The Illinois State Museum’s new exhibition presents a fresh perspective on the Civil War by uncovering
the fascinating stories of Illinois women who rigorously supported their fathers, husbands, brothers, sons, and friends from
the home front. Civil War Quilters: Loyal Hearts of Illinois opens Feb. 3, 2013 in the second floor Art Gallery and
features quilts and other objects of the era that reveal the hidden accounts of these devoted women. Also on exhibit are
Civil War military uniforms, weapons, and supplies that provide additional visual context to the women’s stories.
The exhibition will remain open through Sept. 8, 2013.
In the days following the April 1861 Confederate bombardment on Fort Sumter, dedicated men from Illinois rushed to
join the Union Army. With vigor equal to the enlisting men, loyal women of Illinois organized to support the soldiers on
the field and in the hospital, as they braced themselves for the changes in family and community life the war would bring.
Following the Union defeat at the Battle of Bull Run in July 1861, President Lincoln issued an appeal for quilts, other
bedding, clothing, and foodstuffs for the Union troops. While Illinois women made or gathered quilts for the soldiers,
they also created highly decorated quilts for fund-raising auctions to support the war effort. Soldier’s quilts wore out
with hard use, and few have survived. However, other quilts of the era that have been carefully preserved help tell the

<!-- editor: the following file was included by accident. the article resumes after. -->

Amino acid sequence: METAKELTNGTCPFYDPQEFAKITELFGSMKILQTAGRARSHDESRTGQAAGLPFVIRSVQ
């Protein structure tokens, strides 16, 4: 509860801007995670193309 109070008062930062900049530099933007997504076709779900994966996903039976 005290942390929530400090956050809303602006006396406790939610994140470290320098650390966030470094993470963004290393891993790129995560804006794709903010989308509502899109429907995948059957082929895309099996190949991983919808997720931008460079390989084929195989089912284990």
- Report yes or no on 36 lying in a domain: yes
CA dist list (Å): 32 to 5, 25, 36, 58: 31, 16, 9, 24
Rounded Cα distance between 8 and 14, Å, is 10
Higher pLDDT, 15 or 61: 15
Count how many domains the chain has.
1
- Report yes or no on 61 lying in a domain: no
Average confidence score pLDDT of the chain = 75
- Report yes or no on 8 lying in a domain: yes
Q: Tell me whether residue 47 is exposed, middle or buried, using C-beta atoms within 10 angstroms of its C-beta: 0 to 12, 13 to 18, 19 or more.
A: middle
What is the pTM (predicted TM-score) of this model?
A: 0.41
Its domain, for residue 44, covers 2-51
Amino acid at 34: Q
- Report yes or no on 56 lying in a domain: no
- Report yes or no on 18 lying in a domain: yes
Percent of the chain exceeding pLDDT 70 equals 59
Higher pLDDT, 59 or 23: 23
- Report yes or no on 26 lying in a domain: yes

stories of these most trying of times. The twenty Civil War-era quilts in the exhibition provide a passage through which
to explore the lives and wartime support activities of the women who made them.
Each quilt on exhibit has its own unique story and individual attributes, even though they were collectively created in the
same time period. One is a particularly rare quilt that has recently received national attention: a Log Cabin quilt from
Anna, Illinois, that was pieced together with fabrics including scraps from both Union and Confederate uniforms. The
uniform scraps reportedly belonged to the maker’s sons who fought on both sides of the war. An album quilt on display
was made by Martha Jane Gourley (Gehlman), a close neighbor of Abraham Lincoln in Springfield. Miss Gourley’s friends
and family, whose names adorn this quilt, are from northern as well as southern states, representing the range of families who
settled the “West,” as Illinois was then considered.
In addition to the quilts, a wide variety of artifacts demonstrate the expansive range of women’s work for the war. They include agricultural equipment, household furnishings, memory pieces, and a National flag made between July 4, 1861 and July 3, 1863 and carried by the 33rd Illinois Infantry Regiment of Bloomington. Supplementing these are rarely seen period objects such as uniforms, weapons, a regimental drum, and a portable desk used in the war.
The Illinois State Museum is dedicated to inspiring people of all ages to discover and care about Illinois’ natural and cultural resources and artistic heritage. The Museum’s extensive collections and research activities provide the foundation for exhibitions and public programs that tell the story of the land, life, people, and art of Illinois. The Illinois State Museum is located at 502 S. Spring Street (the corner of Spring and Edwards Streets) in Springfield, and is open 8:30 a.m. to 5:00 p.m. Monday through Saturday, noon to 5:00 p.m. Sunday. Admission is free. Parking is available nearby, and the building is ADA accessible.